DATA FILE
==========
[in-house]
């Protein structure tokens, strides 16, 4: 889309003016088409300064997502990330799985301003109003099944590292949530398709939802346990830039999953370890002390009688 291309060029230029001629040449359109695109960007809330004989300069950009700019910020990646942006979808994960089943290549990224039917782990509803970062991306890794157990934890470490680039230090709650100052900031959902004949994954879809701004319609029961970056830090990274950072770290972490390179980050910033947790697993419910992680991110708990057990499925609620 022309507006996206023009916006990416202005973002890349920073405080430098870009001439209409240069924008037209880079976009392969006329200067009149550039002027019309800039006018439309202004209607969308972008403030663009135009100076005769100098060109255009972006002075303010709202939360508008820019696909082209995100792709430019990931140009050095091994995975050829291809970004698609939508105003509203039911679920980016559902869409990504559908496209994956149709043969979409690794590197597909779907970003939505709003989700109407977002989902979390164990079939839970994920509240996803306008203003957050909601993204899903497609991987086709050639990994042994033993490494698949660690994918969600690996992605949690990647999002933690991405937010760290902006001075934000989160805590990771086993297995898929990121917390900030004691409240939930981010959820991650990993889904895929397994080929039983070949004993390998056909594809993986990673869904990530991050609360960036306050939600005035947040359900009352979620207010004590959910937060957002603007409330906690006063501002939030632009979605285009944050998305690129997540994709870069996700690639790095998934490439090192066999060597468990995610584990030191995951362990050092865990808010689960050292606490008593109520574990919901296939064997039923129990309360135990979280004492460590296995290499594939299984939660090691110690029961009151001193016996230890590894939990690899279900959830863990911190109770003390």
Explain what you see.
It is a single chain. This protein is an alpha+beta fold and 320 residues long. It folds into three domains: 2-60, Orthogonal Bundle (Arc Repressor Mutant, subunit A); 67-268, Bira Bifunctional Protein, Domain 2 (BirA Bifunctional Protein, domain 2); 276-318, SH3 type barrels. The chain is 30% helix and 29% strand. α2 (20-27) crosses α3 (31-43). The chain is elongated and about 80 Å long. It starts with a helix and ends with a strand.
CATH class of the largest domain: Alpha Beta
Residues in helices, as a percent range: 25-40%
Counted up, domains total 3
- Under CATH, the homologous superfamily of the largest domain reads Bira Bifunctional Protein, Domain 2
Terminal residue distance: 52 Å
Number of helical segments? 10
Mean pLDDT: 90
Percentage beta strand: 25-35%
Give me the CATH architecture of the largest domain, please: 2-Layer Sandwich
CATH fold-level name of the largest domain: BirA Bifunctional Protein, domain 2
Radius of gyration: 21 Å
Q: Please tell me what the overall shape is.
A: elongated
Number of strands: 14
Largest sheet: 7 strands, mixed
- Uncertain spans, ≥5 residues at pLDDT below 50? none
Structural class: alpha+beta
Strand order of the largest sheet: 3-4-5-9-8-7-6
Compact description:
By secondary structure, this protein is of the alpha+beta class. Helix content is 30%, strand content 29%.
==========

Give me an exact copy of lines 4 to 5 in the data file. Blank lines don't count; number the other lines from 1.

It is a single chain. This protein is an alpha+beta fold and 320 residues long. It folds into three domains: 2-60, Orthogonal Bundle (Arc Repressor Mutant, subunit A); 67-268, Bira Bifunctional Protein, Domain 2 (BirA Bifunctional Protein, domain 2); 276-318, SH3 type barrels. The chain is 30% helix and 29% strand. α2 (20-27) crosses α3 (31-43). The chain is elongated and about 80 Å long. It starts with a helix and ends with a strand.
CATH class of the largest domain: Alpha Beta